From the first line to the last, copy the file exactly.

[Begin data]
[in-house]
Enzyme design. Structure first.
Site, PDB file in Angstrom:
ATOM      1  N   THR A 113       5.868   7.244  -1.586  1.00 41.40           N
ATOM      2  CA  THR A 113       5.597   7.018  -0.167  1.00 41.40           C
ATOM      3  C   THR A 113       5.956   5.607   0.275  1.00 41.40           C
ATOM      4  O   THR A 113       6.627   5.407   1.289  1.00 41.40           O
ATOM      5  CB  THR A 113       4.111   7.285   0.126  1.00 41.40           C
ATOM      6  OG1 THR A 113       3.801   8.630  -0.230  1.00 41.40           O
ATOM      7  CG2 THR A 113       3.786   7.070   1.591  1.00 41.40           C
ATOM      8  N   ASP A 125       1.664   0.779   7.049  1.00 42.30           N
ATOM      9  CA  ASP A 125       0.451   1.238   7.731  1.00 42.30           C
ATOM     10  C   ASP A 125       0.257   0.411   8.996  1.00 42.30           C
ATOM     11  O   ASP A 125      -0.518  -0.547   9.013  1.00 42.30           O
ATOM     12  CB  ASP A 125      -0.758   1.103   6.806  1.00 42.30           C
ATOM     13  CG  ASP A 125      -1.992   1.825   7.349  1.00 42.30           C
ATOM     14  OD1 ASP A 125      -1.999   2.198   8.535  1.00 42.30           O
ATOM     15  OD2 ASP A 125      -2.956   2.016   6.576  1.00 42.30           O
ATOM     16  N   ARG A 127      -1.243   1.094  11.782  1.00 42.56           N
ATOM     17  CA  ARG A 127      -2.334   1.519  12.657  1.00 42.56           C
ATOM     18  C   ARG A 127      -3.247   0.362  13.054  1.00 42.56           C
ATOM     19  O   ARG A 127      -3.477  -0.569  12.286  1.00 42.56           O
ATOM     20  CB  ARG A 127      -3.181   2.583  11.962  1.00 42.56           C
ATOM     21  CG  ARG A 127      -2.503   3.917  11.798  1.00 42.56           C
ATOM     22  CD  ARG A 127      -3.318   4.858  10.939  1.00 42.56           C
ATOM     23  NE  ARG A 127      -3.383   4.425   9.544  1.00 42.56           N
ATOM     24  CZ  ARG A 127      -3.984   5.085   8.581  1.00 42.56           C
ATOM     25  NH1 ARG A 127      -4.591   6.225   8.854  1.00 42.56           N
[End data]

[in-house]
Enzyme design. Structure first.
Site, PDB file in Angstrom:
ATOM      1  N   THR A 113       5.868   7.244  -1.586  1.00 41.40           N
ATOM      2  CA  THR A 113       5.597   7.018  -0.167  1.00 41.40           C
ATOM      3  C   THR A 113       5.956   5.607   0.275  1.00 41.40           C
ATOM      4  O   THR A 113       6.627   5.407   1.289  1.00 41.40           O
ATOM      5  CB  THR A 113       4.111   7.285   0.126  1.00 41.40           C
ATOM      6  OG1 THR A 113       3.801   8.630  -0.230  1.00 41.40           O
ATOM      7  CG2 THR A 113       3.786   7.070   1.591  1.00 41.40           C
ATOM      8  N   ASP A 125       1.664   0.779   7.049  1.00 42.30           N
ATOM      9  CA  ASP A 125       0.451   1.238   7.731  1.00 42.30           C
ATOM     10  C   ASP A 125       0.257   0.411   8.996  1.00 42.30           C
ATOM     11  O   ASP A 125      -0.518  -0.547   9.013  1.00 42.30           O
ATOM     12  CB  ASP A 125      -0.758   1.103   6.806  1.00 42.30           C
ATOM     13  CG  ASP A 125      -1.992   1.825   7.349  1.00 42.30           C
ATOM     14  OD1 ASP A 125      -1.999   2.198   8.535  1.00 42.30           O
ATOM     15  OD2 ASP A 125      -2.956   2.016   6.576  1.00 42.30           O
ATOM     16  N   ARG A 127      -1.243   1.094  11.782  1.00 42.56           N
ATOM     17  CA  ARG A 127      -2.334   1.519  12.657  1.00 42.56           C
ATOM     18  C   ARG A 127      -3.247   0.362  13.054  1.00 42.56           C
ATOM     19  O   ARG A 127      -3.477  -0.569  12.286  1.00 42.56           O
ATOM     20  CB  ARG A 127      -3.181   2.583  11.962  1.00 42.56           C
ATOM     21  CG  ARG A 127      -2.503   3.917  11.798  1.00 42.56           C
ATOM     22  CD  ARG A 127      -3.318   4.858  10.939  1.00 42.56           C
ATOM     23  NE  ARG A 127      -3.383   4.425   9.544  1.00 42.56           N
ATOM     24  CZ  ARG A 127      -3.984   5.085   8.581  1.00 42.56           C
ATOM     25  NH1 ARG A 127      -4.591   6.225   8.854  1.00 42.56           N